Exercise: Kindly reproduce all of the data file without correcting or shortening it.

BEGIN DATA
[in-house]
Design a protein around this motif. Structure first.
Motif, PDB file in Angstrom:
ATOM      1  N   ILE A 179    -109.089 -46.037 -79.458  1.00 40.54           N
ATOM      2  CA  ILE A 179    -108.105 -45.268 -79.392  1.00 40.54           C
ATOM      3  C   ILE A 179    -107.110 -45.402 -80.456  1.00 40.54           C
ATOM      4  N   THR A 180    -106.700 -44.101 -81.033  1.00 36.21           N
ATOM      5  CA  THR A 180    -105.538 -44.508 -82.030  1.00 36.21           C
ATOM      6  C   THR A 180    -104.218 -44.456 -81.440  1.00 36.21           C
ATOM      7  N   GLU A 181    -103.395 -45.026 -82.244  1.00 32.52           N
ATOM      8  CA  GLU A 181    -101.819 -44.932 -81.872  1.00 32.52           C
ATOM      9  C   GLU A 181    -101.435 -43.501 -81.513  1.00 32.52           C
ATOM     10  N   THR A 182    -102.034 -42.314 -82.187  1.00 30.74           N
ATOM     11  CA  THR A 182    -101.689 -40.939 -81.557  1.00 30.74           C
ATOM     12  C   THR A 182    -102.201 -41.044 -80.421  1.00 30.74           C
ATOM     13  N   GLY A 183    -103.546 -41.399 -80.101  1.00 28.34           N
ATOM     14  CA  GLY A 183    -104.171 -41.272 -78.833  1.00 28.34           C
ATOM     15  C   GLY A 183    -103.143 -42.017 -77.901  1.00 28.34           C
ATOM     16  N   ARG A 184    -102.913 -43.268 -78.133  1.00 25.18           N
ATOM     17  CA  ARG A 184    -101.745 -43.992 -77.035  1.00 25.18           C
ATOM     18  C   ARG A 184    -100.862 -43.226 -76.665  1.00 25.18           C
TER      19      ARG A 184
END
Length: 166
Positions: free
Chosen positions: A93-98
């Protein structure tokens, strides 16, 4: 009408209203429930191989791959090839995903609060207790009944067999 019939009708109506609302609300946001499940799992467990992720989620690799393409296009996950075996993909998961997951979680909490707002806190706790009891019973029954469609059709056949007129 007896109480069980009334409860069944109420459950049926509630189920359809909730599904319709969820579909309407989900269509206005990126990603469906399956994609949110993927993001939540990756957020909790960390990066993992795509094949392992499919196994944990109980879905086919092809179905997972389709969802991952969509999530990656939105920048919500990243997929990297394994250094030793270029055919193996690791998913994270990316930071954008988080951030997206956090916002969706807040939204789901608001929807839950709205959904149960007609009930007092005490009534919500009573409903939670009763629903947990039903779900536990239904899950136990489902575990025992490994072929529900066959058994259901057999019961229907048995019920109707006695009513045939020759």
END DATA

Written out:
[in-house]
Design a protein around this motif. Structure first.
Motif, PDB file in Angstrom:
ATOM      1  N   ILE A 179    -109.089 -46.037 -79.458  1.00 40.54           N
ATOM      2  CA  ILE A 179    -108.105 -45.268 -79.392  1.00 40.54           C
ATOM      3  C   ILE A 179    -107.110 -45.402 -80.456  1.00 40.54           C
ATOM      4  N   THR A 180    -106.700 -44.101 -81.033  1.00 36.21           N
ATOM      5  CA  THR A 180    -105.538 -44.508 -82.030  1.00 36.21           C
ATOM      6  C   THR A 180    -104.218 -44.456 -81.440  1.00 36.21           C
ATOM      7  N   GLU A 181    -103.395 -45.026 -82.244  1.00 32.52           N
ATOM      8  CA  GLU A 181    -101.819 -44.932 -81.872  1.00 32.52           C
ATOM      9  C   GLU A 181    -101.435 -43.501 -81.513  1.00 32.52           C
ATOM     10  N   THR A 182    -102.034 -42.314 -82.187  1.00 30.74           N
ATOM     11  CA  THR A 182    -101.689 -40.939 -81.557  1.00 30.74           C
ATOM     12  C   THR A 182    -102.201 -41.044 -80.421  1.00 30.74           C
ATOM     13  N   GLY A 183    -103.546 -41.399 -80.101  1.00 28.34           N
ATOM     14  CA  GLY A 183    -104.171 -41.272 -78.833  1.00 28.34           C
ATOM     15  C   GLY A 183    -103.143 -42.017 -77.901  1.00 28.34           C
ATOM     16  N   ARG A 184    -102.913 -43.268 -78.133  1.00 25.18           N
ATOM     17  CA  ARG A 184    -101.745 -43.992 -77.035  1.00 25.18           C
ATOM     18  C   ARG A 184    -100.862 -43.226 -76.665  1.00 25.18           C
TER      19      ARG A 184
END
Length: 166
Positions: free
Chosen positions: A93-98
């Protein structure tokens, strides 16, 4: 009408209203429930191989791959090839995903609060207790009944067999 019939009708109506609302609300946001499940799992467990992720989620690799393409296009996950075996993909998961997951979680909490707002806190706790009891019973029954469609059709056949007129 007896109480069980009334409860069944109420459950049926509630189920359809909730599904319709969820579909309407989900269509206005990126990603469906399956994609949110993927993001939540990756957020909790960390990066993992795509094949392992499919196994944990109980879905086919092809179905997972389709969802991952969509999530990656939105920048919500990243997929990297394994250094030793270029055919193996690791998913994270990316930071954008988080951030997206956090916002969706807040939204789901608001929807839950709205959904149960007609009930007092005490009534919500009573409903939670009763629903947990039903779900536990239904899950136990489902575990025992490994072929529900066959058994259901057999019961229907048995019920109707006695009513045939020759």